Nine-time WNFR heeler Cesar de la Cruz evaluates the steer size and ground conditions before he decides which weapon he’ll pull out of his rope bag.
When I show up somewhere, I look at the ground. That’s got a lot to do with rope selection. If it’s deep, that can change how your loop hits. I’m going to try to use as stiff of a rope as I possibly can. The stiffer, the better. If the ground is hard, I’ll use a softer rope because it’s going to want to bounce when it hits the ground. A stiffer rope will bounce if you get aggressive with your delivery. At Cheyenne—the ground is deep there in the middle, so I’ll get the stiffest rope I can find with those big huge steers.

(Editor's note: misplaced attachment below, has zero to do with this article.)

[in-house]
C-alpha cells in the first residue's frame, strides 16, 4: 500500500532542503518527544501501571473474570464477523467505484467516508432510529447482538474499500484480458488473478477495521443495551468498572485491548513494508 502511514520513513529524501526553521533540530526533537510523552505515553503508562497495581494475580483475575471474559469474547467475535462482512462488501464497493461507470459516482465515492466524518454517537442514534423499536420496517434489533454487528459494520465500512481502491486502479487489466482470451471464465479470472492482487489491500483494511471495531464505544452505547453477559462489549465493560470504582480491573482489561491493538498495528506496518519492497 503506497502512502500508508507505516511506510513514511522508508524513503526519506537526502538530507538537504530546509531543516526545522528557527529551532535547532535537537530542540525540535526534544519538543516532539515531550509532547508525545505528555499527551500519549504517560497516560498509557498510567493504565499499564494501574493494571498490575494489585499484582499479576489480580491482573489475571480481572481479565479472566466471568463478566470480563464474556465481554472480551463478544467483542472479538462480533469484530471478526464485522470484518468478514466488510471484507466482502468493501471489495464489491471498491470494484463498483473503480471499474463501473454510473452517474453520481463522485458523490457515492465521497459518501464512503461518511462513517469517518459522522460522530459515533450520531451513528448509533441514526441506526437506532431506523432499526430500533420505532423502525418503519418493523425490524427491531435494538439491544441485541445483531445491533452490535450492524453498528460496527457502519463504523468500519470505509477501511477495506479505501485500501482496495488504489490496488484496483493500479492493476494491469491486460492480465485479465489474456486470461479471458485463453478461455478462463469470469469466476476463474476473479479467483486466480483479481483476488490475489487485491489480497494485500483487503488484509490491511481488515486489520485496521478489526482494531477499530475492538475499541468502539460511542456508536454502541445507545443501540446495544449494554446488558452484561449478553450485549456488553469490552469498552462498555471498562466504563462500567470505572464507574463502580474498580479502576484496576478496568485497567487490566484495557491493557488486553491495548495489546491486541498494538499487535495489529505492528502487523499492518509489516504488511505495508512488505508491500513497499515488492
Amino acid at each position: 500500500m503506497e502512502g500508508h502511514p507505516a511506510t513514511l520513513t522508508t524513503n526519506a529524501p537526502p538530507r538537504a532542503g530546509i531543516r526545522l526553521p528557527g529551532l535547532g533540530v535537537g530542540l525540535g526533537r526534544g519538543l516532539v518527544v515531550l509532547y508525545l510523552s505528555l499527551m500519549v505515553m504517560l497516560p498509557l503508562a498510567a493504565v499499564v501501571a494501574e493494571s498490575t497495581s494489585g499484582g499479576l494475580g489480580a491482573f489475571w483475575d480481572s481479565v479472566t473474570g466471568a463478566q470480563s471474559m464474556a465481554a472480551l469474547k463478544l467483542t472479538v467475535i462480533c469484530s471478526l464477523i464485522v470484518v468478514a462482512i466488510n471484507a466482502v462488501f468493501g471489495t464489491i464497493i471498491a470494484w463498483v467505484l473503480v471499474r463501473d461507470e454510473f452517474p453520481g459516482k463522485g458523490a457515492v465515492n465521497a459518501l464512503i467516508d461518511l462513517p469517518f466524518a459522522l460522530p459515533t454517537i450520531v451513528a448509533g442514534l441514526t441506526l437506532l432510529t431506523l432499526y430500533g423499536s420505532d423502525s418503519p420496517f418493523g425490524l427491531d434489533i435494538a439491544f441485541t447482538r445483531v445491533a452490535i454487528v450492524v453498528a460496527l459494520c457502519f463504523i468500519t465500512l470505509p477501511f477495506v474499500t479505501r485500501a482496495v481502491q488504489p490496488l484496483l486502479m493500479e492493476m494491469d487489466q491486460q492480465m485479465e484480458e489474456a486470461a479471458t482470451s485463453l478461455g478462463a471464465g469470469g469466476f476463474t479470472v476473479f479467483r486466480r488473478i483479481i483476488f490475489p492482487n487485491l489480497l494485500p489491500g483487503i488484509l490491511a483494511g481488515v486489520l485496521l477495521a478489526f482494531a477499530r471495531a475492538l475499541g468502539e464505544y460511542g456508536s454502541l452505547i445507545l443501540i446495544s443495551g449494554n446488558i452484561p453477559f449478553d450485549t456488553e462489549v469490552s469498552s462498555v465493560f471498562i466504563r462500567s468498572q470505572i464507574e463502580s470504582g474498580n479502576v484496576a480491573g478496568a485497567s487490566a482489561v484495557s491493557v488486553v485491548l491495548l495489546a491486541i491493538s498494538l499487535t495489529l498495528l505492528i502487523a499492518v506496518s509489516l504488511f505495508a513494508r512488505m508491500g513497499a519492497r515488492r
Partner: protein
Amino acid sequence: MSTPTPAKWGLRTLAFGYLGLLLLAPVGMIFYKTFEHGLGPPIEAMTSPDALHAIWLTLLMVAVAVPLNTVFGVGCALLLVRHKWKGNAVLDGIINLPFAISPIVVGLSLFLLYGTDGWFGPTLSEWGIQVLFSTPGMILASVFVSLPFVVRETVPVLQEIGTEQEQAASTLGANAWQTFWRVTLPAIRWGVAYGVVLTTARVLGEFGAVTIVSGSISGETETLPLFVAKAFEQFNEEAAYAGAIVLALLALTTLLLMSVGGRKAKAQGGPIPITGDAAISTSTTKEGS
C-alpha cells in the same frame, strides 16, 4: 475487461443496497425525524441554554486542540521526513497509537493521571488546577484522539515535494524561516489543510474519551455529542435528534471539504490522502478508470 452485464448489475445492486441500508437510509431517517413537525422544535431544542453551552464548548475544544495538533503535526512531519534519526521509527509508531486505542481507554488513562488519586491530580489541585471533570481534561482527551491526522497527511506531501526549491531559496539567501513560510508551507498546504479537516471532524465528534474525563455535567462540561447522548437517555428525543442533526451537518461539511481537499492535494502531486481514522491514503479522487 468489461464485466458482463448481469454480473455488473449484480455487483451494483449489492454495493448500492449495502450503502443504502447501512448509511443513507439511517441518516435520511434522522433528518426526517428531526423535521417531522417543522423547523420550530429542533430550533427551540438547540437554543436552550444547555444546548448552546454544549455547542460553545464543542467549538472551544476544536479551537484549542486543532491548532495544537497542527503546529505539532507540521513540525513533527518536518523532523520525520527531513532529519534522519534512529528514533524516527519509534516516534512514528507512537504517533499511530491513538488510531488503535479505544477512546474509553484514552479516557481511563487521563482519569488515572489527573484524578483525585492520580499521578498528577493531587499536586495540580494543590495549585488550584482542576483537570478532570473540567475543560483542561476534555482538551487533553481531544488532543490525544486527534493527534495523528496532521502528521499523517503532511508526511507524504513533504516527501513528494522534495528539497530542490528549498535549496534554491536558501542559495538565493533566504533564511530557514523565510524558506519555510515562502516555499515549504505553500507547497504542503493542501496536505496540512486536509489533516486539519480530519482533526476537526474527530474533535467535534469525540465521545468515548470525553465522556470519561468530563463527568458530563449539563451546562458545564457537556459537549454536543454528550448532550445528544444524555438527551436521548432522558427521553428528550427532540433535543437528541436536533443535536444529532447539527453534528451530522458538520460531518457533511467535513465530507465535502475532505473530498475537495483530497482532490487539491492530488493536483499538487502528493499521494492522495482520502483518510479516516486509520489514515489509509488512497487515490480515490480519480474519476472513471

If the cattle are bigger and stronger, I’ll get the stiffest, biggest-feeling rope I can find in my rope bag. If they’re smaller, little native steers like we rope in Texas a lot, I’ll get a softer, lighter rope. That way I can swing a little faster and keep up with their feet. Bigger cattle don’t move as fast, so that’s why I try to get a bigger, stiffer rope for a bigger, stronger steer. RODEO
If I go to a rodeo versus a jackpot, especially a situation like Fort Worth that will be faster, I’ll use a stiffer rope because it’s just a one-head, and I need my loop to stay open because I’ll take a faster, more aggressive shot.
If I’m at a jackpot and I’m going to rope 20 steers all day, I want a softer rope that’s really easy to swing. I’m not going to throw on the first hop every single time, so I want a rope that will help me be consistent all day.
Cesar de la Cruz has been testing a new rope for Fast Back Ropes, and it will launch this spring.